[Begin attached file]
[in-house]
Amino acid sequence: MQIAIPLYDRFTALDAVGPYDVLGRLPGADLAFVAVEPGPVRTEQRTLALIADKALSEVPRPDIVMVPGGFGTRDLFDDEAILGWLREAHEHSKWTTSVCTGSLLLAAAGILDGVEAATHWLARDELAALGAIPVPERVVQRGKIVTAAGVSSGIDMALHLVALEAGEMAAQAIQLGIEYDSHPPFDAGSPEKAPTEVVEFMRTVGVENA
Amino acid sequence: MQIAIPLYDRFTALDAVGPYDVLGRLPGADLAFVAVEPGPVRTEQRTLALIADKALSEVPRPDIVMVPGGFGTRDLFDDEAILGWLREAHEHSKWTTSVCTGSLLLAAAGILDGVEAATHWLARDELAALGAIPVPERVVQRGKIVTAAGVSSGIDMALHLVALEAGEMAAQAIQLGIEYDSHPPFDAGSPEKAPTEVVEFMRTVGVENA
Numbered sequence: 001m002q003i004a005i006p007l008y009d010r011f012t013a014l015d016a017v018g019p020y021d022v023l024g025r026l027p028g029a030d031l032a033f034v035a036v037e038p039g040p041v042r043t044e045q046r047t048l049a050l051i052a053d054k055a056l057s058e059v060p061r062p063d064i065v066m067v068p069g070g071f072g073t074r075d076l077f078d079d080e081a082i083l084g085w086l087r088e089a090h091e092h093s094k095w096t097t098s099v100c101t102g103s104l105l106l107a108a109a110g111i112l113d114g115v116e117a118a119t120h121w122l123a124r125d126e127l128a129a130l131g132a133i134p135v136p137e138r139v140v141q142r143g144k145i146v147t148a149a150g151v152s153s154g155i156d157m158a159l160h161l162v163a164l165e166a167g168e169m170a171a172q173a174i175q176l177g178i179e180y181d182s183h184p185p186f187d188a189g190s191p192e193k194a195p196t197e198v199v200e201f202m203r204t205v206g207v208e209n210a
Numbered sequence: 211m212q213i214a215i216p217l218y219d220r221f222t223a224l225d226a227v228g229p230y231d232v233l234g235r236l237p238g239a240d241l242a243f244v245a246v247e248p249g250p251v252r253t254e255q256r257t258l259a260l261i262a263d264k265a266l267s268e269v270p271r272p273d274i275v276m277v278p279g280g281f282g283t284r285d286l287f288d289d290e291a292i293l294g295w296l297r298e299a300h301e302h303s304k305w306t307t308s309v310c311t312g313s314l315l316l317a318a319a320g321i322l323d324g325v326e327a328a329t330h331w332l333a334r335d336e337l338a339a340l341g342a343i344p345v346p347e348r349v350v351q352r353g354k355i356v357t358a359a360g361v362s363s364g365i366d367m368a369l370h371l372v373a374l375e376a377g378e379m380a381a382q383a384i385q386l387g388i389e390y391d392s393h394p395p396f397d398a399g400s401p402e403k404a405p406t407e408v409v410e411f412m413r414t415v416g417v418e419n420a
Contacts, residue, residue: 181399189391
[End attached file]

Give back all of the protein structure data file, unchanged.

[in-house]
Amino acid sequence: MQIAIPLYDRFTALDAVGPYDVLGRLPGADLAFVAVEPGPVRTEQRTLALIADKALSEVPRPDIVMVPGGFGTRDLFDDEAILGWLREAHEHSKWTTSVCTGSLLLAAAGILDGVEAATHWLARDELAALGAIPVPERVVQRGKIVTAAGVSSGIDMALHLVALEAGEMAAQAIQLGIEYDSHPPFDAGSPEKAPTEVVEFMRTVGVENA
Amino acid sequence: MQIAIPLYDRFTALDAVGPYDVLGRLPGADLAFVAVEPGPVRTEQRTLALIADKALSEVPRPDIVMVPGGFGTRDLFDDEAILGWLREAHEHSKWTTSVCTGSLLLAAAGILDGVEAATHWLARDELAALGAIPVPERVVQRGKIVTAAGVSSGIDMALHLVALEAGEMAAQAIQLGIEYDSHPPFDAGSPEKAPTEVVEFMRTVGVENA
Numbered sequence: 001m002q003i004a005i006p007l008y009d010r011f012t013a014l015d016a017v018g019p020y021d022v023l024g025r026l027p028g029a030d031l032a033f034v035a036v037e038p039g040p041v042r043t044e045q046r047t048l049a050l051i052a053d054k055a056l057s058e059v060p061r062p063d064i065v066m067v068p069g070g071f072g073t074r075d076l077f078d079d080e081a082i083l084g085w086l087r088e089a090h091e092h093s094k095w096t097t098s099v100c101t102g103s104l105l106l107a108a109a110g111i112l113d114g115v116e117a118a119t120h121w122l123a124r125d126e127l128a129a130l131g132a133i134p135v136p137e138r139v140v141q142r143g144k145i146v147t148a149a150g151v152s153s154g155i156d157m158a159l160h161l162v163a164l165e166a167g168e169m170a171a172q173a174i175q176l177g178i179e180y181d182s183h184p185p186f187d188a189g190s191p192e193k194a195p196t197e198v199v200e201f202m203r204t205v206g207v208e209n210a
Numbered sequence: 211m212q213i214a215i216p217l218y219d220r221f222t223a224l225d226a227v228g229p230y231d232v233l234g235r236l237p238g239a240d241l242a243f244v245a246v247e248p249g250p251v252r253t254e255q256r257t258l259a260l261i262a263d264k265a266l267s268e269v270p271r272p273d274i275v276m277v278p279g280g281f282g283t284r285d286l287f288d289d290e291a292i293l294g295w296l297r298e299a300h301e302h303s304k305w306t307t308s309v310c311t312g313s314l315l316l317a318a319a320g321i322l323d324g325v326e327a328a329t330h331w332l333a334r335d336e337l338a339a340l341g342a343i344p345v346p347e348r349v350v351q352r353g354k355i356v357t358a359a360g361v362s363s364g365i366d367m368a369l370h371l372v373a374l375e376a377g378e379m380a381a382q383a384i385q386l387g388i389e390y391d392s393h394p395p396f397d398a399g400s401p402e403k404a405p406t407e408v409v410e411f412m413r414t415v416g417v418e419n420a
Contacts, residue, residue: 181399189391